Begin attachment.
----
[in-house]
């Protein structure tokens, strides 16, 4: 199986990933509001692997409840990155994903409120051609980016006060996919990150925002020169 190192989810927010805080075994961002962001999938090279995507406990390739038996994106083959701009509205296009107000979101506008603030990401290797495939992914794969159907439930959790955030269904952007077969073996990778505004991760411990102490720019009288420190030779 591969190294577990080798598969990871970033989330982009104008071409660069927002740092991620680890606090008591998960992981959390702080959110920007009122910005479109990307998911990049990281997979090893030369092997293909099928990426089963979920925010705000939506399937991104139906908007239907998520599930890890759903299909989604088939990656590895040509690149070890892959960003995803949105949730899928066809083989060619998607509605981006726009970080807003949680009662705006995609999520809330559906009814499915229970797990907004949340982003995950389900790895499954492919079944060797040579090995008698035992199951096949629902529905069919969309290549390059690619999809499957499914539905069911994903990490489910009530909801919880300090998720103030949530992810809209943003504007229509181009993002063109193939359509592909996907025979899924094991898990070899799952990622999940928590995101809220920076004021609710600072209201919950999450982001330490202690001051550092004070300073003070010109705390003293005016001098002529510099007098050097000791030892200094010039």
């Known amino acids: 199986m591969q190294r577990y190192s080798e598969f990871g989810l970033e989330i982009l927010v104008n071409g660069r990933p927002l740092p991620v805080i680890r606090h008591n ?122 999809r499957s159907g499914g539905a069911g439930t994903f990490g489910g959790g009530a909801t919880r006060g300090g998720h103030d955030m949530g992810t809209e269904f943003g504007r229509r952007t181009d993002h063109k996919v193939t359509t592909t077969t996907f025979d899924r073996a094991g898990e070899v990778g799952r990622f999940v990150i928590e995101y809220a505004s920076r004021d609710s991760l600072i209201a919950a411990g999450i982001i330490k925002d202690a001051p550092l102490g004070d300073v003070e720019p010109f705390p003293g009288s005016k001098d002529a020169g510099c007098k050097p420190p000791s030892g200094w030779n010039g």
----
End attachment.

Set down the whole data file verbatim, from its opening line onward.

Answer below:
[in-house]
């Protein structure tokens, strides 16, 4: 199986990933509001692997409840990155994903409120051609980016006060996919990150925002020169 190192989810927010805080075994961002962001999938090279995507406990390739038996994106083959701009509205296009107000979101506008603030990401290797495939992914794969159907439930959790955030269904952007077969073996990778505004991760411990102490720019009288420190030779 591969190294577990080798598969990871970033989330982009104008071409660069927002740092991620680890606090008591998960992981959390702080959110920007009122910005479109990307998911990049990281997979090893030369092997293909099928990426089963979920925010705000939506399937991104139906908007239907998520599930890890759903299909989604088939990656590895040509690149070890892959960003995803949105949730899928066809083989060619998607509605981006726009970080807003949680009662705006995609999520809330559906009814499915229970797990907004949340982003995950389900790895499954492919079944060797040579090995008698035992199951096949629902529905069919969309290549390059690619999809499957499914539905069911994903990490489910009530909801919880300090998720103030949530992810809209943003504007229509181009993002063109193939359509592909996907025979899924094991898990070899799952990622999940928590995101809220920076004021609710600072209201919950999450982001330490202690001051550092004070300073003070010109705390003293005016001098002529510099007098050097000791030892200094010039």
């Known amino acids: 199986m591969q190294r577990y190192s080798e598969f990871g989810l970033e989330i982009l927010v104008n071409g660069r990933p927002l740092p991620v805080i680890r606090h008591n ?122 999809r499957s159907g499914g539905a069911g439930t994903f990490g489910g959790g009530a909801t919880r006060g300090g998720h103030d955030m949530g992810t809209e269904f943003g504007r229509r952007t181009d993002h063109k996919v193939t359509t592909t077969t996907f025979d899924r073996a094991g898990e070899v990778g799952r990622f999940v990150i928590e995101y809220a505004s920076r004021d609710s991760l600072i209201a919950a411990g999450i982001i330490k925002d202690a001051p550092l102490g004070d300073v003070e720019p010109f705390p003293g009288s005016k001098d002529a020169g510099c007098k050097p420190p000791s030892g200094w030779n010039g």